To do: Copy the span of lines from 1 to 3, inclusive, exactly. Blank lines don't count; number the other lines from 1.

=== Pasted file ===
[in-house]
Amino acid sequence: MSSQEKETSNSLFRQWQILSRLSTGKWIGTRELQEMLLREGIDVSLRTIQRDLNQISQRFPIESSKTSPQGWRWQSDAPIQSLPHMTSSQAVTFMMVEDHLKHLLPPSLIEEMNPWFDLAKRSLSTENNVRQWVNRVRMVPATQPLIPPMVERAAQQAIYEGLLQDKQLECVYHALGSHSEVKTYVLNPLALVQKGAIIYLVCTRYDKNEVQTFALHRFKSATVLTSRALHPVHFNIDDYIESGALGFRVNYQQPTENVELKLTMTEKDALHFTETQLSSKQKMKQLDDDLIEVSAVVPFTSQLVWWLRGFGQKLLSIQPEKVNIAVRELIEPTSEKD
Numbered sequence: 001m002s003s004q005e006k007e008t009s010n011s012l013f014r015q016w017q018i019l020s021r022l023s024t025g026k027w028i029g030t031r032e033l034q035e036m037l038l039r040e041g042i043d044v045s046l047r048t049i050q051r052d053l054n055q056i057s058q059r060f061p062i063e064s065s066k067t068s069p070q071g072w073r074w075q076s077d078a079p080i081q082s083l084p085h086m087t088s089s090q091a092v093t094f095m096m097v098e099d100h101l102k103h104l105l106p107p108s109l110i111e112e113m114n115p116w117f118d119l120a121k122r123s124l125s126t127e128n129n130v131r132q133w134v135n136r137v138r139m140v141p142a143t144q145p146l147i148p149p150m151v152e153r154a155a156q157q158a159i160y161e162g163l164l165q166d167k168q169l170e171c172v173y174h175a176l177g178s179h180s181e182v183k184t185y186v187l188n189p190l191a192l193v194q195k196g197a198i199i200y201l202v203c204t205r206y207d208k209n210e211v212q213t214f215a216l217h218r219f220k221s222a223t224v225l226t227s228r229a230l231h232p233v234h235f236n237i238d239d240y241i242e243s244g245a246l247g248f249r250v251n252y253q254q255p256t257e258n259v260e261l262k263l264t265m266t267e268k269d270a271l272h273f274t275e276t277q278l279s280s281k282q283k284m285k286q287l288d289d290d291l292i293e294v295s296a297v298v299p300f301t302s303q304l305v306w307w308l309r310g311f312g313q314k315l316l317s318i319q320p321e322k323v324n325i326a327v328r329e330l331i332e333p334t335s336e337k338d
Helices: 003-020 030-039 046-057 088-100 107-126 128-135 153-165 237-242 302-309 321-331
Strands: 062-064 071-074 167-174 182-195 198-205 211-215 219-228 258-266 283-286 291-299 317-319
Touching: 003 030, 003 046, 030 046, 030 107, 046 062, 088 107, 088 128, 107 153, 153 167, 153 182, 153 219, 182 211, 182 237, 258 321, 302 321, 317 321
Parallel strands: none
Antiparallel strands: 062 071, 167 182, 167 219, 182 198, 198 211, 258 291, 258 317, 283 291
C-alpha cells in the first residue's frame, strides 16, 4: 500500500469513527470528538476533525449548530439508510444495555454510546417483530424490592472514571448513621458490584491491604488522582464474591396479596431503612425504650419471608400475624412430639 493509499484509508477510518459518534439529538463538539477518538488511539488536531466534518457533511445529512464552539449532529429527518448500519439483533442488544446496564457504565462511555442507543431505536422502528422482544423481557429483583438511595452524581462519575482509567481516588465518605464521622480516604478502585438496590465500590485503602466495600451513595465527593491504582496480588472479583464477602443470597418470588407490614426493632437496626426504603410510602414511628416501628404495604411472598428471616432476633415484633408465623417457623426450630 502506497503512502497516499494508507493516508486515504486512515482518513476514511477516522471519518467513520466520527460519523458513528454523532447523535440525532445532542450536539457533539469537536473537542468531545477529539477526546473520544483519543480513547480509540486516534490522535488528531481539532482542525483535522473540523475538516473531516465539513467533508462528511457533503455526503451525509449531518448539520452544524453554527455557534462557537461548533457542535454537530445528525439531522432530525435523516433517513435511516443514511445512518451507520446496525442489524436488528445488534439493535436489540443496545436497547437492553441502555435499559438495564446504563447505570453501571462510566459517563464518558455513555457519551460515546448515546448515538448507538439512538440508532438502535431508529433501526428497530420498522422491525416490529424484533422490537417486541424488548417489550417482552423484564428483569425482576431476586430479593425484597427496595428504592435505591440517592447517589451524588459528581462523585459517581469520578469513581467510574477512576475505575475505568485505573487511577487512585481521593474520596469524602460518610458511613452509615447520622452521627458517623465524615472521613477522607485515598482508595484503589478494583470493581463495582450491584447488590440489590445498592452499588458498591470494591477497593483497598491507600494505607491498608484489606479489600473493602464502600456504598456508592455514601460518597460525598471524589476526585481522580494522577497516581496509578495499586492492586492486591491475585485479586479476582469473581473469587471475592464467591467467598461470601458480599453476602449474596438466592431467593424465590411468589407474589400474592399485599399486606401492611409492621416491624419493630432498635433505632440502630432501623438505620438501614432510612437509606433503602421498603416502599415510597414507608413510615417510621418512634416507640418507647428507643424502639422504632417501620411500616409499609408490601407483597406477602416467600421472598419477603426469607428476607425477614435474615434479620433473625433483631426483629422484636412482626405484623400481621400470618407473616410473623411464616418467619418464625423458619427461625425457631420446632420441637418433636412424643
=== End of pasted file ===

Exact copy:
[in-house]
Amino acid sequence: MSSQEKETSNSLFRQWQILSRLSTGKWIGTRELQEMLLREGIDVSLRTIQRDLNQISQRFPIESSKTSPQGWRWQSDAPIQSLPHMTSSQAVTFMMVEDHLKHLLPPSLIEEMNPWFDLAKRSLSTENNVRQWVNRVRMVPATQPLIPPMVERAAQQAIYEGLLQDKQLECVYHALGSHSEVKTYVLNPLALVQKGAIIYLVCTRYDKNEVQTFALHRFKSATVLTSRALHPVHFNIDDYIESGALGFRVNYQQPTENVELKLTMTEKDALHFTETQLSSKQKMKQLDDDLIEVSAVVPFTSQLVWWLRGFGQKLLSIQPEKVNIAVRELIEPTSEKD
Numbered sequence: 001m002s003s004q005e006k007e008t009s010n011s012l013f014r015q016w017q018i019l020s021r022l023s024t025g026k027w028i029g030t031r032e033l034q035e036m037l038l039r040e041g042i043d044v045s046l047r048t049i050q051r052d053l054n055q056i057s058q059r060f061p062i063e064s065s066k067t068s069p070q071g072w073r074w075q076s077d078a079p080i081q082s083l084p085h086m087t088s089s090q091a092v093t094f095m096m097v098e099d100h101l102k103h104l105l106p107p108s109l110i111e112e113m114n115p116w117f118d119l120a121k122r123s124l125s126t127e128n129n130v131r132q133w134v135n136r137v138r139m140v141p142a143t144q145p146l147i148p149p150m151v152e153r154a155a156q157q158a159i160y161e162g163l164l165q166d167k168q169l170e171c172v173y174h175a176l177g178s179h180s181e182v183k184t185y186v187l188n189p190l191a192l193v194q195k196g197a198i199i200y201l202v203c204t205r206y207d208k209n210e211v212q213t214f215a216l217h218r219f220k221s222a223t224v225l226t227s228r229a230l231h232p233v234h235f236n237i238d239d240y241i242e243s244g245a246l247g248f249r250v251n252y253q254q255p256t257e258n259v260e261l262k263l264t265m266t267e268k269d270a271l272h273f274t275e276t277q278l279s280s281k282q283k284m285k286q287l288d289d290d291l292i293e294v295s296a297v298v299p300f301t302s303q304l305v306w307w308l309r310g311f312g313q314k315l316l317s318i319q320p321e322k323v324n325i326a327v328r329e330l331i332e333p334t335s336e337k338d